WASHINGTON — President Trump’s accounting firm must turn over his financial records to Congress, a Federal District Court judge ruled on Monday, rejecting his legal team’s argument that lawmakers had no legitimate power to subpoena the files.
But Mr. Trump’s legal team is virtually certain to appeal the ruling rather than permit the firm, Mazars USA, to comply with the subpoena and the ruling, so the legal fight is far from over.
The ruling by the judge, Amit P. Mehta of the United States District Court for the District of Columbia, was an early judicial test of the president’s vow to systematically stonewall “all” subpoenas by House Democrats, stymieing their ability to perform oversight of Mr. Trump and the executive branch after winning control of the chamber in last year’s midterm elections.
Mr. Trump’s legal team, led by William S. Consovoy, had argued that the House House Committee on Oversight and Reform had no legitimate legislative purpose in seeking Mr. Trump’s financial records and was just trying to dig up dirt — like finding out whether the president broke any laws — for political reasons, so the subpoena exceeded its constitutional authority.
But Democrats have said they need the records because they are examining whether foreigners are in a position to use business dealings with the president to exert hidden influence over American policymaking, and whether ethics and disclosure laws need to be strengthened.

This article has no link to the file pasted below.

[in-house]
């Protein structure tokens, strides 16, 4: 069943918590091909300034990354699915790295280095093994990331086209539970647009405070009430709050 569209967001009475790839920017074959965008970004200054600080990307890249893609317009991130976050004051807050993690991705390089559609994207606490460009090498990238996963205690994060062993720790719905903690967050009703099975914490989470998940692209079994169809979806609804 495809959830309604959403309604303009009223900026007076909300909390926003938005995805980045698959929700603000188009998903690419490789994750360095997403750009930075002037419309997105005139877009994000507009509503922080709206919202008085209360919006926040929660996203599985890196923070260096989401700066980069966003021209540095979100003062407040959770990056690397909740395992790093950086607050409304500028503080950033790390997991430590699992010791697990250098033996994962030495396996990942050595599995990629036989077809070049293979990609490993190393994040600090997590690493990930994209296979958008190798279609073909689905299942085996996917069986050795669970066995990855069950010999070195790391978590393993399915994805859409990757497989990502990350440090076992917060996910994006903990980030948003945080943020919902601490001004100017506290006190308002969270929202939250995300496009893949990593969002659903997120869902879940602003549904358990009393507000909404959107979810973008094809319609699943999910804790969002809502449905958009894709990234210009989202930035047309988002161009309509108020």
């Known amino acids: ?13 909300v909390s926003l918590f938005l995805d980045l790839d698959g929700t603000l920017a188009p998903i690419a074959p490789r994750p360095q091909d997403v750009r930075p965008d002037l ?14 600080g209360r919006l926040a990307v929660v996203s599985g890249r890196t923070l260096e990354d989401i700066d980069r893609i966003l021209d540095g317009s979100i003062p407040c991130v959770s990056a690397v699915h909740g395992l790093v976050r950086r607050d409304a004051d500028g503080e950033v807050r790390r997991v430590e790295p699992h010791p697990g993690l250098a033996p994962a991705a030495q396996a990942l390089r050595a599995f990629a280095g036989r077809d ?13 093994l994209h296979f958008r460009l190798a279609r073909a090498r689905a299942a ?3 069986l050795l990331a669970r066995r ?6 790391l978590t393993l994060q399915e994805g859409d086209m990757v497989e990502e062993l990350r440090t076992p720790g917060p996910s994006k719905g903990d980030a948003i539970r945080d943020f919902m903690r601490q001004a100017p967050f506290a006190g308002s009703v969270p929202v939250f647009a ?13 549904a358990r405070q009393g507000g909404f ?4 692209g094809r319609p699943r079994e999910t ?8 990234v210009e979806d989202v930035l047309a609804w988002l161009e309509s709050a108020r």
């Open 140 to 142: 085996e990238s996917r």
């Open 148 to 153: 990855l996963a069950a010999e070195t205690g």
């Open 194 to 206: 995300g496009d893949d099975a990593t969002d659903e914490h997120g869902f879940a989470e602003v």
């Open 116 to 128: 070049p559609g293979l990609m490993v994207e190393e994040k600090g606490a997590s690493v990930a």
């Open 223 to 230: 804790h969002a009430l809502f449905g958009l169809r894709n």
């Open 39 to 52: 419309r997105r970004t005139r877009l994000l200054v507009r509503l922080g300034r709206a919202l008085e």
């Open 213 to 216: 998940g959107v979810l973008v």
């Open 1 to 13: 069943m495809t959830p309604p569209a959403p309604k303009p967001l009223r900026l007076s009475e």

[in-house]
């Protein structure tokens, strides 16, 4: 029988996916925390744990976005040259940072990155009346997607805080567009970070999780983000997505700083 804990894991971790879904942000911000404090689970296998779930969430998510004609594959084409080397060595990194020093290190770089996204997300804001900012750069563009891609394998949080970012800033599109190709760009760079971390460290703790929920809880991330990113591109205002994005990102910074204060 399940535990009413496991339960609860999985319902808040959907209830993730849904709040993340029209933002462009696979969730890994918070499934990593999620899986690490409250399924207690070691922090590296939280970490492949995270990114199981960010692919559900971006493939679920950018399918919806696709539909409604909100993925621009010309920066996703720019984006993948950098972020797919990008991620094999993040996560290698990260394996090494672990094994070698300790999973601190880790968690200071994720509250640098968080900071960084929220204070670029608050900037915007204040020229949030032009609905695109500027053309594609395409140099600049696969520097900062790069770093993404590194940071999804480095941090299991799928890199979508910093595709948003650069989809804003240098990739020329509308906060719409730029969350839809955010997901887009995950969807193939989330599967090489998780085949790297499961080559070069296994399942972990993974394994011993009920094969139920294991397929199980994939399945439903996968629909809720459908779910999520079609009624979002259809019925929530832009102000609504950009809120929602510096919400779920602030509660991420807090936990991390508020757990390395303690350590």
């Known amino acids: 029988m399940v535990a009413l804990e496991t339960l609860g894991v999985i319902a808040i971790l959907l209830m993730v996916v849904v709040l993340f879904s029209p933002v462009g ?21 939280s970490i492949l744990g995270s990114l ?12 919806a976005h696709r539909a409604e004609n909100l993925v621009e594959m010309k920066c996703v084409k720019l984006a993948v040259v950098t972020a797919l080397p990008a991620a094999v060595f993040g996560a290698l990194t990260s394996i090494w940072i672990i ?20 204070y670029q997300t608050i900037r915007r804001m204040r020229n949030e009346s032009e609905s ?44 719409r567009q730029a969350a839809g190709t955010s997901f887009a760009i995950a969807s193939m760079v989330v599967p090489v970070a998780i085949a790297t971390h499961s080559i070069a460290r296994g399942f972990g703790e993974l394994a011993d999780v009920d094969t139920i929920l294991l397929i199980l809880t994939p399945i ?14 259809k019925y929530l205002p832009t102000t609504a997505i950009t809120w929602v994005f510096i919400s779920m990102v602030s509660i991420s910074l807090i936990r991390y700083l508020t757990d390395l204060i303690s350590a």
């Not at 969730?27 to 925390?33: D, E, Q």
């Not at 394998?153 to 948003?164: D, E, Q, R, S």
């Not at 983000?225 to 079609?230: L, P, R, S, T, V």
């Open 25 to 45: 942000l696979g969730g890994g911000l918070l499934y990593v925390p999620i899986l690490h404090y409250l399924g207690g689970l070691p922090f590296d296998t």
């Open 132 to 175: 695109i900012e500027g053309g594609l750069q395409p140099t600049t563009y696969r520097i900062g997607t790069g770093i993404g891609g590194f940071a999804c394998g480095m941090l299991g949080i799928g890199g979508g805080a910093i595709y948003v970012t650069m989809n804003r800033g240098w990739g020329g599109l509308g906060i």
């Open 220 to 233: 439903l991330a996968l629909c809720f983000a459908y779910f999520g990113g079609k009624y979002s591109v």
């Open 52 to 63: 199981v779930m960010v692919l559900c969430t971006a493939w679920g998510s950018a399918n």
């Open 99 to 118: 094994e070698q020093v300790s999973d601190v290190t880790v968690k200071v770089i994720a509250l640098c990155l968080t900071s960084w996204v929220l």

Judge Mehta said that justification was sufficient to make the subpoena valid.
“These are facially valid legislative purposes, and it is not for the court to question whether the committee’s actions are truly motivated by political considerations,” he wrote. “Accordingly, the court will enter judgment in favor of the Oversight Committee.”
The judge — an appointee of former President Barack Obama — also rejected Mr. Consovoy’s request that, were he to rule against Mr. Trump, he issue a stay of his ruling until the Court of Appeals for the District of Columbia completed its review of the case.
The judge said that the Mr. Trump’s legal arguments were too thin to merit a stay because they did not raise a “serious legal question,” and said that issuing such a stay would amount to interfering with the constitutional powers of Congress.
“The court is well aware that this case involves records concerning the private and business affairs of the president of the United States,” he wrote. “But on the question of whether to grant a stay pending appeal, the president is subject to the same legal standard as any other litigant that does not prevail.”
But Judge Mehta had appeared to signal initial skepticism about Mr. Consovoy’s arguments during a May 14 hearing, pointing to several past congressional inquiries — like the Watergate inquiry of President Richard M. Nixon and the Whitewater investigation of President Bill Clinton — that would seem to be illegitimate under the Trump legal team’s rationale.
During that hearing, the general counsel for the House, Douglas Letter, had urged the judge to not let the Trump team drag out matters and run out the clock on Congress’s oversight powers.
“Any delay undermines the House’s ability to do what the Constitution allows it to do,” Mr. Letter said at the hearing.